“Is it right for us to pay taxes to Caesar or not?” [The religious leaders asked of Jesus].
“... give to Caesar what is Caesar’s, and to God what is God’s.”
~Luke 20:22, 25b (NIV [adapted]).
Always one to be wary of those with duplicitous hearts, Jesus pounces on an opportunity to teach, propounding a beautiful truth that will work for us via compartmentalisation.
I truly love living a ‘double’ life. It’s not how it sounds. I love a compartmentalised life where my identity’s set in more than one ‘vital’ image of myself, and certainly not beyond my identity in God—which for everyone is sure—but one where I can act (for God) in more than one way.
Having more than one vital image of ourselves helps shore up deficits in areas of life that occasionally don’t go too well. It’s a safety we afford ourselves as we simply digress when the heat in one part of the kitchen gets a little too heavy for us.
God’s Share and Our Obedience
God owns it all anyway. But God asks that we fairly bequeath our time, effort, money and other things to their rightful earthly owners—as accorded to God’s will—never holding onto those things that are not, as a worldly fact, ours.
We are merely custodians anyway.
How fantastic it is to be released from the pressure of owning everything... anything in fact.
When we’re disposed to God, and only to the things of God, ultimately there is peace, for nothing else truly competes. Nothing can compare. Nothing can break through. But humanity’s chalice is to occasionally forget this; such is God’s grace, however, that we’ll constantly be called back to it.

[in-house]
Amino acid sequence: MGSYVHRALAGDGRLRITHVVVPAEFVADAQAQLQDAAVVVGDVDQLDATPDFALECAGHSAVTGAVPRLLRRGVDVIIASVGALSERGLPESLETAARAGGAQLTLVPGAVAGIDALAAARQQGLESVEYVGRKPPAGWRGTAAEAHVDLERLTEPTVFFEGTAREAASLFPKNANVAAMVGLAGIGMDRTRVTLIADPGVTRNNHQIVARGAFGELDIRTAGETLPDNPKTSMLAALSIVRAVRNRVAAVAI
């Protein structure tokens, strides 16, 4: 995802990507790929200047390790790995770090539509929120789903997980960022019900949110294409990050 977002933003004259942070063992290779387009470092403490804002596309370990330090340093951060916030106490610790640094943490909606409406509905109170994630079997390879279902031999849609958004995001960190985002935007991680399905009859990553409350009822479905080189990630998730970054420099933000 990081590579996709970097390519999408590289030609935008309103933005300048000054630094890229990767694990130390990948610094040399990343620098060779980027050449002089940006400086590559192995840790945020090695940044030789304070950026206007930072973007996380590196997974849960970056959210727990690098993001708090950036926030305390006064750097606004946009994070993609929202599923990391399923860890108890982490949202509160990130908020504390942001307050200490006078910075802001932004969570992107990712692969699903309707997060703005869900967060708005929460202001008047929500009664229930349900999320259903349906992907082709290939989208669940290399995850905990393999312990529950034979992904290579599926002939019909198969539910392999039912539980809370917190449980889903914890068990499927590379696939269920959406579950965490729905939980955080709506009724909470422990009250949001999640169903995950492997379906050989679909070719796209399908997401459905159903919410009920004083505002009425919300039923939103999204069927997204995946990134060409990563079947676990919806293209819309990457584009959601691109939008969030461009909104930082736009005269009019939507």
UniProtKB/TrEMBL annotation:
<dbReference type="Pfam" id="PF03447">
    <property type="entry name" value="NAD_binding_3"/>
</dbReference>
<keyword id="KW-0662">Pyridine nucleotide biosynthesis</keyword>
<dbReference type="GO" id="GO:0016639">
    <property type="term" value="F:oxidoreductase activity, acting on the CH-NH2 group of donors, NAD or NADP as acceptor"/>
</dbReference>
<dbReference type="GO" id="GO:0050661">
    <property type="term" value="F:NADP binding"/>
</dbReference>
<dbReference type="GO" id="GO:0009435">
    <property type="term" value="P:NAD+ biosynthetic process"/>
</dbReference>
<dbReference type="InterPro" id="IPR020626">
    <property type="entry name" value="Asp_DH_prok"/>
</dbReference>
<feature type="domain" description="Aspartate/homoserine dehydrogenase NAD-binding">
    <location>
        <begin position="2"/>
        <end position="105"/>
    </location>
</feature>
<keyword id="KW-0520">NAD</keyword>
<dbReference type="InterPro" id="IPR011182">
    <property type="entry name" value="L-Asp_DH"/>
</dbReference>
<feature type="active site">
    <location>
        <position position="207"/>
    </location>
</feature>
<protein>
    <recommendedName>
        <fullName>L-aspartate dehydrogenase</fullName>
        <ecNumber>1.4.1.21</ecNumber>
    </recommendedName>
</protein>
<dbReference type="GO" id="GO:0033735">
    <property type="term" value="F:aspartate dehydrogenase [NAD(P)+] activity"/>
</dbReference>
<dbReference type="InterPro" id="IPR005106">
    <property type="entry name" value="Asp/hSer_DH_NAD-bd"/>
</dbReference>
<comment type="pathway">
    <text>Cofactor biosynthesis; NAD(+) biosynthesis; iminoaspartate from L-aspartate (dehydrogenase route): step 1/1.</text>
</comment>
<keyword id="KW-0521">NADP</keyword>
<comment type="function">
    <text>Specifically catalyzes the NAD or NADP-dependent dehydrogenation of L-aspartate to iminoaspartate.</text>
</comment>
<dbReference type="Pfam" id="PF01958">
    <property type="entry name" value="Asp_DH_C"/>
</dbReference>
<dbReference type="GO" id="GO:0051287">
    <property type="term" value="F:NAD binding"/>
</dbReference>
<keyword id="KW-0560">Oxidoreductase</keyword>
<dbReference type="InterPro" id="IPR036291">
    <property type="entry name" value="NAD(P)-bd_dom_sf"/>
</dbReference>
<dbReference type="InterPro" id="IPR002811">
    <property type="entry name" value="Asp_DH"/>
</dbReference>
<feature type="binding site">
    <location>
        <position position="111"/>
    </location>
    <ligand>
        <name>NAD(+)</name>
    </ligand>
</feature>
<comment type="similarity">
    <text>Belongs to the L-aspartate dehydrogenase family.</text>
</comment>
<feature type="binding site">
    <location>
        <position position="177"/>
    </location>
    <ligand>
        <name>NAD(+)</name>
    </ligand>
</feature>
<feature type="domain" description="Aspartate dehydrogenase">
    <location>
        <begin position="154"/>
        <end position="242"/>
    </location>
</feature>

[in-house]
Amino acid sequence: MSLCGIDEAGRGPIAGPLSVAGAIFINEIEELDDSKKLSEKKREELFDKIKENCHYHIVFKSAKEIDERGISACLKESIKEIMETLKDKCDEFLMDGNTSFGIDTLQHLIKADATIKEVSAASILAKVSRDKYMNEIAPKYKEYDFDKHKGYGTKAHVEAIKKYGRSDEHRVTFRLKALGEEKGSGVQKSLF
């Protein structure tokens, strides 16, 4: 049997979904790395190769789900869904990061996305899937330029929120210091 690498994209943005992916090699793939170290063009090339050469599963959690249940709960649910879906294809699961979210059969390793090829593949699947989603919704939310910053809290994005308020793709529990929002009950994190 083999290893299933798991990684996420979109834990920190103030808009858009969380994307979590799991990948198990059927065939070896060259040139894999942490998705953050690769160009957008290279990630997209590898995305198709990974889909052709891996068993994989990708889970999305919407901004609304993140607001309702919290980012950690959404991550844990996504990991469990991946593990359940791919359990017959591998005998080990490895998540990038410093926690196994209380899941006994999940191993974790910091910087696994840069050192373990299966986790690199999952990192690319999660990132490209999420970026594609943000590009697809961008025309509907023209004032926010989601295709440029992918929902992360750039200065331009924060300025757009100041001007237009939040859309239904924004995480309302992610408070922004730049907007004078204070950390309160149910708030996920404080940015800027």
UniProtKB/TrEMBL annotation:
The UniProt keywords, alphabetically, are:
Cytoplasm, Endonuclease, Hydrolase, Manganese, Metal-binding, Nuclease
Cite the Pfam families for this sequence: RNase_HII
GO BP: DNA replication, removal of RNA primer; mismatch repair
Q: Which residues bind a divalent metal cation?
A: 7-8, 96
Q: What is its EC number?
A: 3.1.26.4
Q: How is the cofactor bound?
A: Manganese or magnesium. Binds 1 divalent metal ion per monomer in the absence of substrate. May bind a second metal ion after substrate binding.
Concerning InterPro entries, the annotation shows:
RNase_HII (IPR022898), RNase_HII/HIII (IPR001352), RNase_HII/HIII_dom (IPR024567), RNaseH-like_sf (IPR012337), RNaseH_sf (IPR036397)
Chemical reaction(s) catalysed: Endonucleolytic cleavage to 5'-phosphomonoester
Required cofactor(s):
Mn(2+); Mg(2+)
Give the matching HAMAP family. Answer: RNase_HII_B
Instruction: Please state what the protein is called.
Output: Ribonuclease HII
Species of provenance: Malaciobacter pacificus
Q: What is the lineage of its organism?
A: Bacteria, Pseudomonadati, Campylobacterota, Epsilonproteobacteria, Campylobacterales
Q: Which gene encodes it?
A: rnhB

God’s not one to make things more complicated than they need be. The simplicity of God is great power for us, if we’ll invest in it.
In simplicity is bliss, strength for patience, and persistence for the longer haul.
In simplicity is honesty and forthrightness. Plainness is God’s forte. How many times in the gospels is Jesus known to speak plainly? Sure, he speaks in parables, but never in ways that the hearing person cannot plainly understand, and be encouraged to further explore, for true understanding is an effort-expended and self-achieved understanding.
In simplicity, then, we can quite easily accord fairness and justice to every area of our lives, and always save for God what is always God’s.
It’s a life where we’re not getting our small things mixed up with our big things.
God owns it all in any event. Still, we will just as well need to occasionally give what is (ultimately) God’s away to those who’d blaspheme God. And we’ll do so, rightfully, in diligence and joy.
© 2010 S. J. Wickham.